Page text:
Police Lt. Russell Reinhart said the department would enforce the ordinance however it is approved, but it is too early to say. Officers already ticket for smoking on the beaches and it would probably be similar, he said.
"We would enforce it appropriately," he said.
Bobbie Kneeland, the general manager of Aloha Grill on Main Street, said the restriction would make it harder for businesses in an already tough economy.
"I think it would definitely impact our business negatively," she said.
The restaurant has an outdoor eating area which patrons are free to smoke on. Residents are provided ashtrays, which they utilize, and are courteous of other patrons, said Kneeland.
"It's really not something that has ever presented a problem," she said.
Although Kneeland, a non-smoker, doesn't see it as an issue, community activist Mark Bixby does. Although he hasn't personally seen the ordinance, Bixby said he would support banning smoking in outdoor eating areas.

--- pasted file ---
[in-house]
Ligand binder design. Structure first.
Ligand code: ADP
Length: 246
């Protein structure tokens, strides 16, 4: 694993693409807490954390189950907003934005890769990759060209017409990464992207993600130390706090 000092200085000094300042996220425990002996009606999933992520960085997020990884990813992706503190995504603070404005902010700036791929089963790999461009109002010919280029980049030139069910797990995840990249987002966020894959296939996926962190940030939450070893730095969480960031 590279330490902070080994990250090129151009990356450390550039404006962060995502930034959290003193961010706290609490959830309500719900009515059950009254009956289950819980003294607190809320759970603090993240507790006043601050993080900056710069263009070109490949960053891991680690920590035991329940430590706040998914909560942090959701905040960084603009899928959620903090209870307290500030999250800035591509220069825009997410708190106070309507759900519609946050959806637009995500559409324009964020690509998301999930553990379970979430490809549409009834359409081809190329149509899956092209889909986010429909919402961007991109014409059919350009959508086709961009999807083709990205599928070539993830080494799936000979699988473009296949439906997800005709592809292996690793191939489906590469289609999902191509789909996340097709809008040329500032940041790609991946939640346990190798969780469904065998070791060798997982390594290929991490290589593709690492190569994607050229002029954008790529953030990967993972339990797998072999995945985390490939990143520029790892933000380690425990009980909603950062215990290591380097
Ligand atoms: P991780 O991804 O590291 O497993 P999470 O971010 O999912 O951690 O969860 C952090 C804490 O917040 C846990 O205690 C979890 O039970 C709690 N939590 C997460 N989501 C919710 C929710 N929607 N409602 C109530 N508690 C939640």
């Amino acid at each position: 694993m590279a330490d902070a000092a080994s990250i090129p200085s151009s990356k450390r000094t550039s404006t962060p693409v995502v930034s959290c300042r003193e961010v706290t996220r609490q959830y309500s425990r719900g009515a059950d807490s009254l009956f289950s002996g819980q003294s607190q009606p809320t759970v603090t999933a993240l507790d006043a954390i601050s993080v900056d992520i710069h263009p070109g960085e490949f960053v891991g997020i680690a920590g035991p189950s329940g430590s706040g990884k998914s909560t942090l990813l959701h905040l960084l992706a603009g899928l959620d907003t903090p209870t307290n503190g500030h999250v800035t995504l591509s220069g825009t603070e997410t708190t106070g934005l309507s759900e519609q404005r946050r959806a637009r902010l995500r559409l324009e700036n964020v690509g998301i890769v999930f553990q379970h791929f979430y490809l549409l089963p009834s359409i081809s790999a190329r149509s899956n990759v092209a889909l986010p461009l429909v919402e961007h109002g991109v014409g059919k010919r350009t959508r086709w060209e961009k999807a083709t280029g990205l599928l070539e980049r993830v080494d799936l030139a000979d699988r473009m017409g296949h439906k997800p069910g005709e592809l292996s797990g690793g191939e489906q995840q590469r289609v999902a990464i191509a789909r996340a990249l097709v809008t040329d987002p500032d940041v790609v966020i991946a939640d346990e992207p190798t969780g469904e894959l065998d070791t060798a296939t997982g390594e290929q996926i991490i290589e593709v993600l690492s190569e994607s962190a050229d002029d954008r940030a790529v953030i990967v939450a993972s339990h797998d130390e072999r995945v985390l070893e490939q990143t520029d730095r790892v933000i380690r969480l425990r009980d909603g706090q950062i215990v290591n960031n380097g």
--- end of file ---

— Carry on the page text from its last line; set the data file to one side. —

"I don't like to breath in cigarette smoke while I'm enjoying a meal," he said.
It's not just the smoke that concerns Bixby, who's family members have been affected by emphysema and lung cancer.
"I've seen what tobacco can do at a very personal level, so I don't want any exposure," he said.
However, Kneeland said the ban would create a bigger mess with restaurant-goers smoking on the sidewalks, clogging up doorways and stairways, or trying to smoke in the bathrooms. Besides the added mess, enforcing the proposed ordinances 20-feet restriction would be impossible, she said.
"What are we going to do?" Kneeland asked. "Walk around with tape measures?"
Reinhart said the ordiance wouldn't have a high priority if it came to fruiton.
"It would be something if we see it we would enforce it, but we wouldn't go out and look for it," he said.
Bixby admitted he could see it being a low priority for law enforcement downtown, but he still sees value in passing the proposal.
"I still think there is value, like I said, there is an educational aspect to it, he said.